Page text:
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How To Tell An Author They Suck

26 Jan

howtotellanauthortheysuck

You don’t.

Unless you’re their writing coach/ language professor/ English teacher – someone professionally hired – you don’t have the right to tell an author they suck. You might think you do, but you don’t.

“Did someone just tell you you suck?” you ask.

“No. This isn’t a passive-aggressive rant.”

Personally, I’ve not encountered anyone who has told me I ‘suck’. But of late, I’ve noticed a lack of respect for authors. And this disrespect isn’t coming from readers, but from authors themselves.

“What? From fellow authors?”

“Yes. It is unfortunately so.”

It seems it’s now considered kind to tell someone they have no talent. It seems it’s now acceptable to feed one’s pride by trampling over someone else. There is no intention to help, only the goal to hurt and a platform to gloat. And we’re doing it to each other.

Authors are fickle human beings. We oscillate between crippling self-doubt and obnoxious pride. Some of us try our best to stay humble when tempted to boast. But some of us think it’s OK to free the beast and let it wreak havoc. What we often fail to see is that this monstrosity loves to attack the weak. And when targeted at fellow authors, it destroys dreams – it magnifies self-doubt and builds fear. It imposes beliefs and revokes creativity. It tears a soul apart for the sake of building its master. And as a cherry on top of the cake, it burns bridges… forever.

Frankly, this beast isn’t something we should be proud of – it’s not an emotion we should even feed. So from one author to another, can I ask you keep this beast locked inside?

“Well, this beast is quite difficult to cage.”

“I agree.”

Pride is a tricky emotion to handle. But despite it tough to tame, it can evolve… like a Pokemon. If we increase our self-confidence – if we learn to trust in our own capabilities – pride would be a memory of the past.

“But isn’t it the same thing – pride and confidence?”

“No. There’s a difference.”

Those with self-confidence find no need to boast about their accomplishments. They don’t step into a ‘coaching’ role when not asked. And they certainly don’t think they’re better than anyone else. Self-confidence is being aware you aren’t the best, but believing you can be the best you.

Those with pride however, will tell the world of all they’ve done. They’ll see the need to correct someone, and think they’re doing it out of favour. They certainly believe they’re better than many others in terms of skill and talent. And whenever there’s an opportunity, they’ll state it.

“How then do we build self-confidence without crossing the line?”

“We starve pride.”

I know, being humble is easier said than done. I struggle with it too. I want people to know I’ve accomplished something. I want the world to recognise my work. But whenever pride tempts me to gloat, I ignore it. I starve its need to shine. When I read a fellow author’s work, I don’t tell the author what they should do and change. Instead, I encourage them to keep writing. I’m not their editor. I’m not their teacher. I have no right to act as though I am. I also know that when they keep writing, they’ll get better. They’ll improve and find their own voice. And if I’m confident in myself, I won’t be afraid if they outshine me – even if they do, I’ll celebrate.

“But what if I’m just trying to help?”

“There is, of course, a difference between giving constructive criticism and being demeaning.”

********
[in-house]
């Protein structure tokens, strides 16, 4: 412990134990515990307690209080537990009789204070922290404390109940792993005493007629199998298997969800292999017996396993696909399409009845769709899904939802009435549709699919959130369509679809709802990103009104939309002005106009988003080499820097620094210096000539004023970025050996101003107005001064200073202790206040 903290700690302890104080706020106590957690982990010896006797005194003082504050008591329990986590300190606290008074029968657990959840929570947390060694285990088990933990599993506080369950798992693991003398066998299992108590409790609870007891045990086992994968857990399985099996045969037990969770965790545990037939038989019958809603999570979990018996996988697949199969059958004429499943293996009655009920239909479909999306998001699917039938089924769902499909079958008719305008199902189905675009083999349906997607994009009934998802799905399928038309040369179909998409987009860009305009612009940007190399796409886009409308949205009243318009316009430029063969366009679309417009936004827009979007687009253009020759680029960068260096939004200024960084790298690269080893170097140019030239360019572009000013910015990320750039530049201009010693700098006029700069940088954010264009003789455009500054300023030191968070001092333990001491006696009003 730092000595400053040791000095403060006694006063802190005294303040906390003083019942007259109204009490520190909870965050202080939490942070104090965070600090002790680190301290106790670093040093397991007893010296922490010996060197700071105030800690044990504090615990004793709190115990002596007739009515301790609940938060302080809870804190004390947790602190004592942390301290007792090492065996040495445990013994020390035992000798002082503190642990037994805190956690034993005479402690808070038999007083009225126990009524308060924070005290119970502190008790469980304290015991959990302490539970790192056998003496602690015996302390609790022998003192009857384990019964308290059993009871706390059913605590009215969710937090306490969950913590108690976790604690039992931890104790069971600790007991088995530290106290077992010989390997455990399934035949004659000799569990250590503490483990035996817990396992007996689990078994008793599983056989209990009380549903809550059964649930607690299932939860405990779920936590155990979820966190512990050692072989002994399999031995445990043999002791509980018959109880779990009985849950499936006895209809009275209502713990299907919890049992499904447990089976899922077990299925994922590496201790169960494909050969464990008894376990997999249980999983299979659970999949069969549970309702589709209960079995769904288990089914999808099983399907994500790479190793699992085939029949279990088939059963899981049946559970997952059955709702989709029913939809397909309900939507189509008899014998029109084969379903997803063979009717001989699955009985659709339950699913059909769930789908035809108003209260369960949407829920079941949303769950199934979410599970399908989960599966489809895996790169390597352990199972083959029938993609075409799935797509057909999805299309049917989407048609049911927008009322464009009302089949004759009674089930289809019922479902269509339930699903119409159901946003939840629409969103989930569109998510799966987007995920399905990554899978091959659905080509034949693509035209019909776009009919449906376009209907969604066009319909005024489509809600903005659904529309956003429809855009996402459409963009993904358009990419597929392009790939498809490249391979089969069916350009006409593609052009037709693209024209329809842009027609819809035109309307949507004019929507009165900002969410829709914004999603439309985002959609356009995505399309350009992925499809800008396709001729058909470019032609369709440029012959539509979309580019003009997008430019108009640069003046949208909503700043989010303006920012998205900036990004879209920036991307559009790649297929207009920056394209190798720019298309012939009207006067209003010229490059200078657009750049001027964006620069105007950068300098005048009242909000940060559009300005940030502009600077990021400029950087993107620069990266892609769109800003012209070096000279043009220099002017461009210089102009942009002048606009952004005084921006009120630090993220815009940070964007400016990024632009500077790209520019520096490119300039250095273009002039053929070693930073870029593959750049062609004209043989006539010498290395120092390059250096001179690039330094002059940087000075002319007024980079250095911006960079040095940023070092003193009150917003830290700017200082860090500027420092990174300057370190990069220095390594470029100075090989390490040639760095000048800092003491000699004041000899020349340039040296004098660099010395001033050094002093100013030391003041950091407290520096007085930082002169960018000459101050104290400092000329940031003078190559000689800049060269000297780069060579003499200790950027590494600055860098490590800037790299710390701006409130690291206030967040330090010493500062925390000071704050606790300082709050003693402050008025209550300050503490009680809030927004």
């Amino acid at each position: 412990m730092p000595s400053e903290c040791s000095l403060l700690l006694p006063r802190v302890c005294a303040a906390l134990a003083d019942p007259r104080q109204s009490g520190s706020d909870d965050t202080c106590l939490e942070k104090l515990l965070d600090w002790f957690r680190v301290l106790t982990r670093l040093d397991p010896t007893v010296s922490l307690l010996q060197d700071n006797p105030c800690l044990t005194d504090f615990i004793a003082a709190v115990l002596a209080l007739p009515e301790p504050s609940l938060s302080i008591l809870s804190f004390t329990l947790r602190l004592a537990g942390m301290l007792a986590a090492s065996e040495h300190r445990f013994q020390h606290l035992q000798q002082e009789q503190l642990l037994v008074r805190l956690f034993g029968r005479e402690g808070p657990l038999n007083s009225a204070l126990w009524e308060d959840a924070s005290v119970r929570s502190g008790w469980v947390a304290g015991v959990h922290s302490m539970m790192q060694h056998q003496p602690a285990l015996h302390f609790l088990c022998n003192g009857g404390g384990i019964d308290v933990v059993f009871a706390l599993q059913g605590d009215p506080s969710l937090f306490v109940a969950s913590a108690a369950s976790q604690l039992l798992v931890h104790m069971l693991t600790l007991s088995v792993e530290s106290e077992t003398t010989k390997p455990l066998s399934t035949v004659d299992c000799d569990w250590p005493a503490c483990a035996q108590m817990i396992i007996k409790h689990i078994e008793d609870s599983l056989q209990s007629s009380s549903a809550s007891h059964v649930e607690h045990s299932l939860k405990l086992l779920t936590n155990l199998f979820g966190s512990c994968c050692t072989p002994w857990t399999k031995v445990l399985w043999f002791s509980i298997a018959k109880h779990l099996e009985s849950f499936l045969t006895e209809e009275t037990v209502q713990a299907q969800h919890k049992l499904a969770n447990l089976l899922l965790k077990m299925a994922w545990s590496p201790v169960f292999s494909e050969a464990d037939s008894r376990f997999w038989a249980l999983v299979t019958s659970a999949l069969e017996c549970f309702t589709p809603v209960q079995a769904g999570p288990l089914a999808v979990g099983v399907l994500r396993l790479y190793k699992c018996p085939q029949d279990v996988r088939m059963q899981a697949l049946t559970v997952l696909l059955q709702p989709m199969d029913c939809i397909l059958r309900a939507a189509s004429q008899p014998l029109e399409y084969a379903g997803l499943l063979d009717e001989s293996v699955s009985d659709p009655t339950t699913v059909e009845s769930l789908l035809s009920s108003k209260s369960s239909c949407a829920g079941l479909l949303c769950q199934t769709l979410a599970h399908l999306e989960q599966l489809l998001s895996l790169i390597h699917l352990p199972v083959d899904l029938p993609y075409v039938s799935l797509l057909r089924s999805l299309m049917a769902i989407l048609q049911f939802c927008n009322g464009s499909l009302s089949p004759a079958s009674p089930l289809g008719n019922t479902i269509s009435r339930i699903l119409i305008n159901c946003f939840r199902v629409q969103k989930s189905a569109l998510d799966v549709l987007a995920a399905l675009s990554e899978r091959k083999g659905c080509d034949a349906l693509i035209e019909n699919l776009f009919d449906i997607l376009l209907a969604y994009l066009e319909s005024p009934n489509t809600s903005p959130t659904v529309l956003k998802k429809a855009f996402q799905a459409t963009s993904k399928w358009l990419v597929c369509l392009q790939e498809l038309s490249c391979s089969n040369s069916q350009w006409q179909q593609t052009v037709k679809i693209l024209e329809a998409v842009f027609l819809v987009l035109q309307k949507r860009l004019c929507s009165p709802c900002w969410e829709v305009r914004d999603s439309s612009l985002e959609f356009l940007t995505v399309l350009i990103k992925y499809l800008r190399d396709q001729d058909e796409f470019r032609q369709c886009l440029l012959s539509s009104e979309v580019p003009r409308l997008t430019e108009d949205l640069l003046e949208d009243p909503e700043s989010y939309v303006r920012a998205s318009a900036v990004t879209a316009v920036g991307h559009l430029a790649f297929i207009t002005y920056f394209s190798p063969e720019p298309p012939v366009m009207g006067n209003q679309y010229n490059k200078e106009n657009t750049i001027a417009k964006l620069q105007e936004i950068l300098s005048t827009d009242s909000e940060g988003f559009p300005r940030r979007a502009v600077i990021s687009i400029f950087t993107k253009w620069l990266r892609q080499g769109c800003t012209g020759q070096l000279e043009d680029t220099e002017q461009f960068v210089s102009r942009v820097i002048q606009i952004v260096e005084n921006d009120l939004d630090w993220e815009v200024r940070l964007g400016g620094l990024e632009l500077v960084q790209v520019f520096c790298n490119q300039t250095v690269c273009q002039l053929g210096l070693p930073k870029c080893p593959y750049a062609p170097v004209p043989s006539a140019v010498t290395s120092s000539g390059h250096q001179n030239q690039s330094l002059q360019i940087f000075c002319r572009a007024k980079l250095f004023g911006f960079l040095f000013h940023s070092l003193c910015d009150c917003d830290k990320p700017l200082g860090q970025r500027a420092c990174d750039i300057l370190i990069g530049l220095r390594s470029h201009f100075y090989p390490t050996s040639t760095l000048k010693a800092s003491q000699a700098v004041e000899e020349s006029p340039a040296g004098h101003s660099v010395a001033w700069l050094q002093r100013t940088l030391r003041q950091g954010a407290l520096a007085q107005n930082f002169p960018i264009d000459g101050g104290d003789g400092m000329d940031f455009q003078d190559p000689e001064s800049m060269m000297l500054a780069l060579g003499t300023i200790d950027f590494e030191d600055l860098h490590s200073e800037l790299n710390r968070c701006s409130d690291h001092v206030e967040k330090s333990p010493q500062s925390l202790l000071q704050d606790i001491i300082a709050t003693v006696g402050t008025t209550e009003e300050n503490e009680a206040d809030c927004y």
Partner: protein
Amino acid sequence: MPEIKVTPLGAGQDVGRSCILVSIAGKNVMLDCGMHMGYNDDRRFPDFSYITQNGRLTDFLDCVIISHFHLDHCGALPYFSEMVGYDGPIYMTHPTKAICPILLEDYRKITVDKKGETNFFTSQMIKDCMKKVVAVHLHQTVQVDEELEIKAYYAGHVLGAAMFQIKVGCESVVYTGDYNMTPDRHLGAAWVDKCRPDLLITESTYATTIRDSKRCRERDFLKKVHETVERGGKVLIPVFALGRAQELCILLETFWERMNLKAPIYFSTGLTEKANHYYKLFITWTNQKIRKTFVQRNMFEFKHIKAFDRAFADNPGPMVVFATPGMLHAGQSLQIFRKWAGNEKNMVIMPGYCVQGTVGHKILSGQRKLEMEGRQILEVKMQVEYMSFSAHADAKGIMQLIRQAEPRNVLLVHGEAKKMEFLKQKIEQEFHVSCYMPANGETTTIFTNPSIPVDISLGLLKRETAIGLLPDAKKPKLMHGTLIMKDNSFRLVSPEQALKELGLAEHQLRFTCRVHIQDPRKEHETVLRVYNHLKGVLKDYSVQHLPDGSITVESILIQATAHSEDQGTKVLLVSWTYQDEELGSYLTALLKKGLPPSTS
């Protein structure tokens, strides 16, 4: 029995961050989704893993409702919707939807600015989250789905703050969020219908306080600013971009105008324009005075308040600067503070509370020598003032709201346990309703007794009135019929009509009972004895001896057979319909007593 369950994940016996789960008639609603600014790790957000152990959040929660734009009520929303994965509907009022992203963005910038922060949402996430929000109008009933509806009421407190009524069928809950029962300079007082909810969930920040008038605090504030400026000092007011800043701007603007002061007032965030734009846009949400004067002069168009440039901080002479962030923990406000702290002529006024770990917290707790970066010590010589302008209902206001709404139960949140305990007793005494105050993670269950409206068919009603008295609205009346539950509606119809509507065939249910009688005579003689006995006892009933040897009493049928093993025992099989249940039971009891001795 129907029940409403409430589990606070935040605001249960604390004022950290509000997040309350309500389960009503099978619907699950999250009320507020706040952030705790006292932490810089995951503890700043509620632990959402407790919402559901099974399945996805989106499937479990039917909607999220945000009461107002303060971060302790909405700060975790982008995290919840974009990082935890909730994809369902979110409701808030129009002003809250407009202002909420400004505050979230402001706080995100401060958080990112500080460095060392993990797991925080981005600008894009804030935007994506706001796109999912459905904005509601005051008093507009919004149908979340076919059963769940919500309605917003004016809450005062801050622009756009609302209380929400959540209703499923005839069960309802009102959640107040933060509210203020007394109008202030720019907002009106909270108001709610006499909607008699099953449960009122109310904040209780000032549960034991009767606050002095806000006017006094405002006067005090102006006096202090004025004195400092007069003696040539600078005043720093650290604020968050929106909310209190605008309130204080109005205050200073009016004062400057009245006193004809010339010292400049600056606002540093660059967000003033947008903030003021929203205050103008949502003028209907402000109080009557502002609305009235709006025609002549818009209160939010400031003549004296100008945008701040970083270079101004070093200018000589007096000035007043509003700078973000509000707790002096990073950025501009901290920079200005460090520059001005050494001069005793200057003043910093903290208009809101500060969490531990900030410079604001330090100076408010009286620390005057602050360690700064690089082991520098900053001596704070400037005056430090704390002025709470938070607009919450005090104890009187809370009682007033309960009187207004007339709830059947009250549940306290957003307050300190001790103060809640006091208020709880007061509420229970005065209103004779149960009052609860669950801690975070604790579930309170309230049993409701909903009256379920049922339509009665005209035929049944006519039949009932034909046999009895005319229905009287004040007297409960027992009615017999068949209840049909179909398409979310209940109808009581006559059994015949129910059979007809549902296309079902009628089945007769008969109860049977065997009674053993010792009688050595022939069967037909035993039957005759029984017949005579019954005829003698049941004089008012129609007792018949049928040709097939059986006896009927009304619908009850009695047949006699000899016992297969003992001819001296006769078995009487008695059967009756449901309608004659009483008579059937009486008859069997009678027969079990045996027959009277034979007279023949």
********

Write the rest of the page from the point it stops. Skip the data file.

To know if you’re feeding your pride, ask yourself this: do I feel ‘clever’?

If your words have the intent to make a fellow author admire you, then it’s pride. Because if you truly want to help someone, there’s no subconscious need to feel important. Your goal is to assist, not to fortify your own strength. But like I said, taming pride is – and will always be – a challenge. The only way to beat it is to make a conscious effort to starve it.

There’s nothing wrong with wanting to feel good about ourselves. We should learn to love ourselves and be proud of what we’ve accomplished. But let’s not do it at the expense of others. Let’s not destroy hopes and dreams in the process. Let’s learn to be confident in who we are and what we can do, without stepping on someone else.

“So wait, how do I actually tell someone they cannot write?”

“To think we’re better than someone is to forget we started somewhere too.”

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7 Comments

Posted by on January 26, 2017 in Writing Journey

 

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7 responses to “How To Tell An Author They Suck

  1. Lazarinth

    January 26, 2017 at 6:22 pm

    I disagree, but only on the caveat that you can tell them why they suck and how they might fix this, what most of us call constructive criticism.

     
    • Lazarinth

      January 26, 2017 at 6:24 pm

      … just showing how saying something like ‘you suck’ doesn’t have to be demeaning.

       
      • Jeyna Grace

        January 26, 2017 at 7:55 pm

        I agree. Hence my point on constructive criticism 🙂 I used the word ‘suck’ simply as a metaphor.

         
  2. Meg Kimball

    January 26, 2017 at 10:03 pm

    Wow, that’s brilliant. You’ve articulated something that’s definitely going on. I fight it within myself. You make really good points, and we all need to think about it. Great post!!!

     
    • Jeyna Grace

      January 26, 2017 at 10:26 pm

      I’m glad you think so, Meg. I constantly wrestle with it too – you’re not alone 🙂
      And thank you!

       
  3. Ipuna Black

    January 31, 2017 at 4:53 am

    Constructive criticism is always best. You are correct. We always start somewhere. A writer isn’t born out of the womb. 🙂

     
    • Jeyna Grace

      February 1, 2017 at 2:11 pm

      Yup! Writers are made, not born.

       

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